AURORA | Sarah Ortegon learned about the calorie-laden tradition of Thanksgiving like most school-aged kids who grew up in Denver in the 1990s.
There were hand-traced turkeys, top hats made of construction paper and plenty of flowery prose regarding the benevolent relationship between a group of English ex-patriots and the American Indians who helped them navigate the thorny New England landscape. The rich traditions tied to Native American cultures were nebulous facts listed in textbooks and on worksheets, thousands of miles and several centuries removed from her life in Colorado.
“Growing up I didn’t know what Native American was,” said Ortegon, who is now an office manager for a law firm that specializes in Native American and tribal law in Westminster. “The only part I ever learned about being Native American at school was Thanksgiving, and that was totally misconstrued. I didn’t understand what it meant.”
It wasn’t until she enrolled as a student at Metropolitan State University of Denver that Ortegon began to learn, in earnest, about her Eastern Shohone and Northern Arapaho roots.
“I had to go to college and I had to do research to find my history,” Ortegon said.
Shortly after graduating from Metro State University of Denver with a degree in fine arts in 2013, Ortegon’s continued fascination with her ancestral traditions resulted in her being named Miss Native American USA, which allowed her to spend a year traveling to American Indian reservations around the country giving speeches and leading programs on alcohol abuse awareness.
Now, nearly two years removed from her time as a full-time Native American cultural ambassador, Ortegon is taking to the stage to help spread the brutal, yet necessary lessons she worked to unearth through her university research. In her first-ever onstage performance, Ortegon is playing three different roles in “Black Elk Speaks,” which debuts Friday at the Aurora Fox Arts Center.
“This way, people don’t have to go to college to learn about some of the things that we went through,” said Ortegon, who is portraying Lucy, Crossover Spirit and Eagle Guide in the show. “They can actually feel what we’ve been through and the history of what the people went through. I feel that…I’m portraying the real history of what happened instead of the imagined history.”
Based on the 1932 book by John G. Neihardt, “Black Elk Speaks” relays the story and vision of Black Elk, an Oglala Lakota healer who witnessed much of the U.S. government takeover of tribal lands in the late 19th century. The story was adapted for the stage by Christopher Sergel in the early 1990s and shortly thereafter made its worldwide debut at the Denver Center for Performing Arts.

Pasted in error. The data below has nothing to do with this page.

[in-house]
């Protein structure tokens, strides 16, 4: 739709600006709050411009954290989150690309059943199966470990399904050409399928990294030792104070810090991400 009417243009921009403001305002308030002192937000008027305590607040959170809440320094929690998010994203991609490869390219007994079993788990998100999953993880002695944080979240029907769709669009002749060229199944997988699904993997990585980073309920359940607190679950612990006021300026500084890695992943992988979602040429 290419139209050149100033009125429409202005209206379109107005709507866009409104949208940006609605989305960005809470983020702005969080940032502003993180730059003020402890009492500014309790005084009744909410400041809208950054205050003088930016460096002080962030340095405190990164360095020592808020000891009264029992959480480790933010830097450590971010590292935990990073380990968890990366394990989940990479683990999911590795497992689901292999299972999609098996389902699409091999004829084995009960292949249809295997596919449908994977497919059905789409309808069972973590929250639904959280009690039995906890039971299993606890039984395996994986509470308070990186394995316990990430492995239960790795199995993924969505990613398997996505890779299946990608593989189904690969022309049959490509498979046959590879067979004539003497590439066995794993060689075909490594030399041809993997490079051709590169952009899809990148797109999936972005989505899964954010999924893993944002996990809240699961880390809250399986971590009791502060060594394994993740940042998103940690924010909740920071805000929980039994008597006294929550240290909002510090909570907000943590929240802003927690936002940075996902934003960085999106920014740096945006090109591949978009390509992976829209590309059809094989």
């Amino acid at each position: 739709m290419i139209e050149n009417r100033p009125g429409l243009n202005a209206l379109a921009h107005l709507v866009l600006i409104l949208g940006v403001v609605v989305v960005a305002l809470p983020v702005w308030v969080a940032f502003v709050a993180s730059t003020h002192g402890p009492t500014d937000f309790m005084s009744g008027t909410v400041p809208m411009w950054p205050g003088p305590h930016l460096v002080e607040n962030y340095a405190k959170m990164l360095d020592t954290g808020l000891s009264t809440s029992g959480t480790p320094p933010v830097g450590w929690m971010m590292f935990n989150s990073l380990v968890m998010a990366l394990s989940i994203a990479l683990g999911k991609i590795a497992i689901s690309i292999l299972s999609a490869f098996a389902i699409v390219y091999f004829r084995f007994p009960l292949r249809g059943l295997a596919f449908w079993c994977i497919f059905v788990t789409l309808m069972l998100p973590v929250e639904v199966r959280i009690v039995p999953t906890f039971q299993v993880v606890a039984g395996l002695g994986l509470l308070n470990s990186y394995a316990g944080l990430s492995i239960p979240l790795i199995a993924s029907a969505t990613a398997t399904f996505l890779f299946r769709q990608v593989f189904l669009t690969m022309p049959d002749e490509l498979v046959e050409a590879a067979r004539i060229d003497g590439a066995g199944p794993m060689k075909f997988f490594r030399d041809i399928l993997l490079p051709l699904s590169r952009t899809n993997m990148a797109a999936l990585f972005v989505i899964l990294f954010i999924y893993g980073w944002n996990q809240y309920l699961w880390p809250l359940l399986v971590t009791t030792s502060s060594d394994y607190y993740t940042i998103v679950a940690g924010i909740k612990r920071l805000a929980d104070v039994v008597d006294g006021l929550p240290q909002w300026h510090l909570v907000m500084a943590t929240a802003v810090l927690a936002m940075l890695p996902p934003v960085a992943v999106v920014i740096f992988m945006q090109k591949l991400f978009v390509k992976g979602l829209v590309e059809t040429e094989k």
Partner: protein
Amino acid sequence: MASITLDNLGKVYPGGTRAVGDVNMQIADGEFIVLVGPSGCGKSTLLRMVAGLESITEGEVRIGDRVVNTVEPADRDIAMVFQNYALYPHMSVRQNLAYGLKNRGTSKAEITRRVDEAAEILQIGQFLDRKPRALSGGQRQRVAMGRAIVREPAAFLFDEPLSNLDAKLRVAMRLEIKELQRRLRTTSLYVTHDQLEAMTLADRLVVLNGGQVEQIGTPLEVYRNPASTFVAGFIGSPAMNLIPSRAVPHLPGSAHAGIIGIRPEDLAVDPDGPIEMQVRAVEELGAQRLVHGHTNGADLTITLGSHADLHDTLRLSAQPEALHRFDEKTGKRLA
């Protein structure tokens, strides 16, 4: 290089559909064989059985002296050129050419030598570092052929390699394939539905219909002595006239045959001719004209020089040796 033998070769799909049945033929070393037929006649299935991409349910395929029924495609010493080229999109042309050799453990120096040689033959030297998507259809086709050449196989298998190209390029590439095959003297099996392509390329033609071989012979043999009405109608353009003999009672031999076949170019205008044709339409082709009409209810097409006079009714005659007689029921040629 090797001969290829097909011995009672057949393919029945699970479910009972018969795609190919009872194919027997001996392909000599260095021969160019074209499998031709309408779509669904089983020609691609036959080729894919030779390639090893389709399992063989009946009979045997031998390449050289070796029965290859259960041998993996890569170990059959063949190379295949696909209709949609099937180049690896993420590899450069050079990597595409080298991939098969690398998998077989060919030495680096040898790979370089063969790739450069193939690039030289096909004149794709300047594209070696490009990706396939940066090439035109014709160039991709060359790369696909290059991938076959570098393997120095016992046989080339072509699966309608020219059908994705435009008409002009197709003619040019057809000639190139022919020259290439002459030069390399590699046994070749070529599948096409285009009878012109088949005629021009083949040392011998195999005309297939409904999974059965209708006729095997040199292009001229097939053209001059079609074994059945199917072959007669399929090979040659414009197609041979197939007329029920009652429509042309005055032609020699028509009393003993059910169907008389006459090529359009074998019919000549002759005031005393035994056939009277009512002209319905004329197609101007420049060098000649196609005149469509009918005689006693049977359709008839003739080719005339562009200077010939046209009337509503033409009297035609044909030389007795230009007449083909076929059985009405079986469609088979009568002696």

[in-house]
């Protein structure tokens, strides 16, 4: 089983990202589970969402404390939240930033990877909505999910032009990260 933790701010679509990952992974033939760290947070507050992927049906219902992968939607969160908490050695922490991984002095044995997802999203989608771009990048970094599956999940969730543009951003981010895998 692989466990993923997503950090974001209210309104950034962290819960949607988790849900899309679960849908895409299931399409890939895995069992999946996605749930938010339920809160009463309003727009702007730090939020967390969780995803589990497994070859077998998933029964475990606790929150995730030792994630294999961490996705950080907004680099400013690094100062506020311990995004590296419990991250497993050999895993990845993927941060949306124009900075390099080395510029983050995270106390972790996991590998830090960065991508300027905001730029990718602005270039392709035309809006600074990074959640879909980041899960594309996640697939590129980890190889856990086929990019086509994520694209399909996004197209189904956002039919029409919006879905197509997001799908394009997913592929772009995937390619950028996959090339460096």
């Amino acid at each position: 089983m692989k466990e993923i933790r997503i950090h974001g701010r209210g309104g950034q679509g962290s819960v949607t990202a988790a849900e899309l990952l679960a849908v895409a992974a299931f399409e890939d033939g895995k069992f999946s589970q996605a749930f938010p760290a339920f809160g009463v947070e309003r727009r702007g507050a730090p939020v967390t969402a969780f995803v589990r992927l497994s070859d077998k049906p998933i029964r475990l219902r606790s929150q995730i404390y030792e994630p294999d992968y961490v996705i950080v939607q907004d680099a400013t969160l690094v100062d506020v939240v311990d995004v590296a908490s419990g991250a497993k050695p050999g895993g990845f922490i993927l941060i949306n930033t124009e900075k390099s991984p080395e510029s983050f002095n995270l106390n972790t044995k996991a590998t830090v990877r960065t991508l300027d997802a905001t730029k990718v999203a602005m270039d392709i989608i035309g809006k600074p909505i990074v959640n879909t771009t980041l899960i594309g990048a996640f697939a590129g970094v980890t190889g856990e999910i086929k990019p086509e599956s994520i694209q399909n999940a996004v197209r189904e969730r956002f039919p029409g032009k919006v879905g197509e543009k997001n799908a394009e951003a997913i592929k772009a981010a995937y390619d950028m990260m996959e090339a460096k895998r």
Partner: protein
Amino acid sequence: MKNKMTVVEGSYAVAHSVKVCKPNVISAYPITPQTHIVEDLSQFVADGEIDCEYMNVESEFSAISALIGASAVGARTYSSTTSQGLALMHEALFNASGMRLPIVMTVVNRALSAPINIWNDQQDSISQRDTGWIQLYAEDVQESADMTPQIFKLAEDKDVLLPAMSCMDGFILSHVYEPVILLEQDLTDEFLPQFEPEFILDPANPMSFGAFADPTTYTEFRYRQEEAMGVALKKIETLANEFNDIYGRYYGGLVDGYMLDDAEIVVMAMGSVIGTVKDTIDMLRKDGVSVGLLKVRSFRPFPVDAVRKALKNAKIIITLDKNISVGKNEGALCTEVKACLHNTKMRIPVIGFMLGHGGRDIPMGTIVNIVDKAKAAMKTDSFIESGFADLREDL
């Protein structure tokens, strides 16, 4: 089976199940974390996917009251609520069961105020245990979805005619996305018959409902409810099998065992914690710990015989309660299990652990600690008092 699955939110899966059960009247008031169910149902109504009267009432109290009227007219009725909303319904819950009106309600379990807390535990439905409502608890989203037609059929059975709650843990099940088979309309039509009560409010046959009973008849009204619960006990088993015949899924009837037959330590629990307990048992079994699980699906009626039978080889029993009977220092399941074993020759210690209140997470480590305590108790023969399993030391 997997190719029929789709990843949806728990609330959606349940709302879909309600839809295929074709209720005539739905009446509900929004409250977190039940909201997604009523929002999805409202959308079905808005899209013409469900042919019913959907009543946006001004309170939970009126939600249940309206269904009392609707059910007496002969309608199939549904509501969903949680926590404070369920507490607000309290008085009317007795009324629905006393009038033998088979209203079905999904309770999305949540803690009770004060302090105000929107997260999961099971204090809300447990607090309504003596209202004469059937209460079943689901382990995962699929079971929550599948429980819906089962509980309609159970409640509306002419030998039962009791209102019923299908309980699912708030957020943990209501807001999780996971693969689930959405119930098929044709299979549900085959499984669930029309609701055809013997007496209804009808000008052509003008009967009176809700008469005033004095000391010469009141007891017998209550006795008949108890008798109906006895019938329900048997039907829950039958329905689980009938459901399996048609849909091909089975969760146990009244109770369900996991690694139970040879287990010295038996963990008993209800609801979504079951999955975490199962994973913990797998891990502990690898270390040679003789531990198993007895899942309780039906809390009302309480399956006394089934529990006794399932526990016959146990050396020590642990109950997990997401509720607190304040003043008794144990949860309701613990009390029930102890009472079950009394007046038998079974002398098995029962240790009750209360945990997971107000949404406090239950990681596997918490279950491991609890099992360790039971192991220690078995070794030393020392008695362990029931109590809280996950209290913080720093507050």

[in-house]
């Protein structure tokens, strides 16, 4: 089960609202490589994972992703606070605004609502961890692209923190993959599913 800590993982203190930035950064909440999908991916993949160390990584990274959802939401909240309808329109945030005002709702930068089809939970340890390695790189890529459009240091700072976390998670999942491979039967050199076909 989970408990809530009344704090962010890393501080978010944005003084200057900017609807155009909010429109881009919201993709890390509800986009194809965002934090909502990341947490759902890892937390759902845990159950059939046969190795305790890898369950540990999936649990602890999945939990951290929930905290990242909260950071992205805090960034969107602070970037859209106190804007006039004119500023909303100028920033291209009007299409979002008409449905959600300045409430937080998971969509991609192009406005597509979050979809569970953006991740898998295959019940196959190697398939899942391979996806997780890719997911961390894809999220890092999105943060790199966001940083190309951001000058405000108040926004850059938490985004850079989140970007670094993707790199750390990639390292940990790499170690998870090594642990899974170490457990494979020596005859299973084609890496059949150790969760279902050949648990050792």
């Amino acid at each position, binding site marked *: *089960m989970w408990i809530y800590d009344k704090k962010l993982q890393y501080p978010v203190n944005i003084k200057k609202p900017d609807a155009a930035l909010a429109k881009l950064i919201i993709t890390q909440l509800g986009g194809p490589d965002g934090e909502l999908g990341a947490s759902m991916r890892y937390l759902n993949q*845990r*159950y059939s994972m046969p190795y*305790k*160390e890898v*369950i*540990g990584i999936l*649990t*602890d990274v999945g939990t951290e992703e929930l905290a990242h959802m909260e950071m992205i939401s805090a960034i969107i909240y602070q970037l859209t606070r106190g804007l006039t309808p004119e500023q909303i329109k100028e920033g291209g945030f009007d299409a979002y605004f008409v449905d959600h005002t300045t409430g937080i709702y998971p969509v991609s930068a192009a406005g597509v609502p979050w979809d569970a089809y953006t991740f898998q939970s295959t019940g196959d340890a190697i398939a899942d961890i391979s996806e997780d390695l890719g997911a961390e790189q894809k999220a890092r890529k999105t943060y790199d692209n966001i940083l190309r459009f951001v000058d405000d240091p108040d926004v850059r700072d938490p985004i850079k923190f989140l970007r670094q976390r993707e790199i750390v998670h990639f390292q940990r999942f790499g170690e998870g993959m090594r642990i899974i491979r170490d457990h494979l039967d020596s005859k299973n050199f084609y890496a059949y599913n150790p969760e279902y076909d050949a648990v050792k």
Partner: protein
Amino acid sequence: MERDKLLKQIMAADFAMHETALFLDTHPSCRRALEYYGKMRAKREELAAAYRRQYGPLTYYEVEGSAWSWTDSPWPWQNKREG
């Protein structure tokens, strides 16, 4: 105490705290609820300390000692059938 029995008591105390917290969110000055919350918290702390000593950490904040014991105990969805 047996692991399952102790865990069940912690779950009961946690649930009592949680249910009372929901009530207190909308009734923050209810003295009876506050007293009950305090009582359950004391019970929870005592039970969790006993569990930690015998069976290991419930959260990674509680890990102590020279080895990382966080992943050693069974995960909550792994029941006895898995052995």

Though the cast of The Fox production features actors of myriad ethnicities, many of the actors have American Indian roots, and several are members of the Lakota tribe, including Doug Good Feather, who portrays the eponymous lead.
Like Ortegon, Good Feather, who is a Hunkpapa Lakota from the band of Sitting Bull, said that the production offers a rare opportunity to paint an accurate portrait of a tragically vital chapter in Native American history.
“I want all people to understand that we have to know the truth of our history…so that we can start to heal all together as a people,” said Good Feather, who founded the Lakota Way Healing Center in the Four Winds Church in Denver. “Because if we try to sweep it under the rug, it will never stay under there. It will always surface.”
But just because the show is steeped in Native American tradition, doesn’t mean that it’s exclusive to a singular slice of society. It’s intended to act as a mirror for audience members of all backgrounds, according to Rodrigo Tactaquin, who has roots in the Cherokee Nation and is portraying Little Crow and several other roles in the production at The Fox.
“This show in particular should speak to a lot of people — not only American Indians, but anybody who (attends) should be reflecting on their ancestors, the struggles it took to get here, to settle and to exist,” Tactaquin said. “It’s a very moving tale with a very universal appeal. It is about inclusivity and I really enjoy that.”
Director, donne l. betts echoed Tactaquin’s sentiments on the show’s wide-ranging appeal.
“I think the lens of art can make it more palatable for some in the audience,” he said. “Some people may not come because they may feel guilty, but please don’t stay away because of that. It’s education, and not just that, but entertainment as well.”
Black Elk Speaks
Playing March 18 through April 10.
Curtains Fridays and Saturdays at 7:30 p.m., Sundays at 2:30 p.m.
The Aurora Fox Arts Center, 9900 E. Colfax Ave.
Adult tickets start at $28.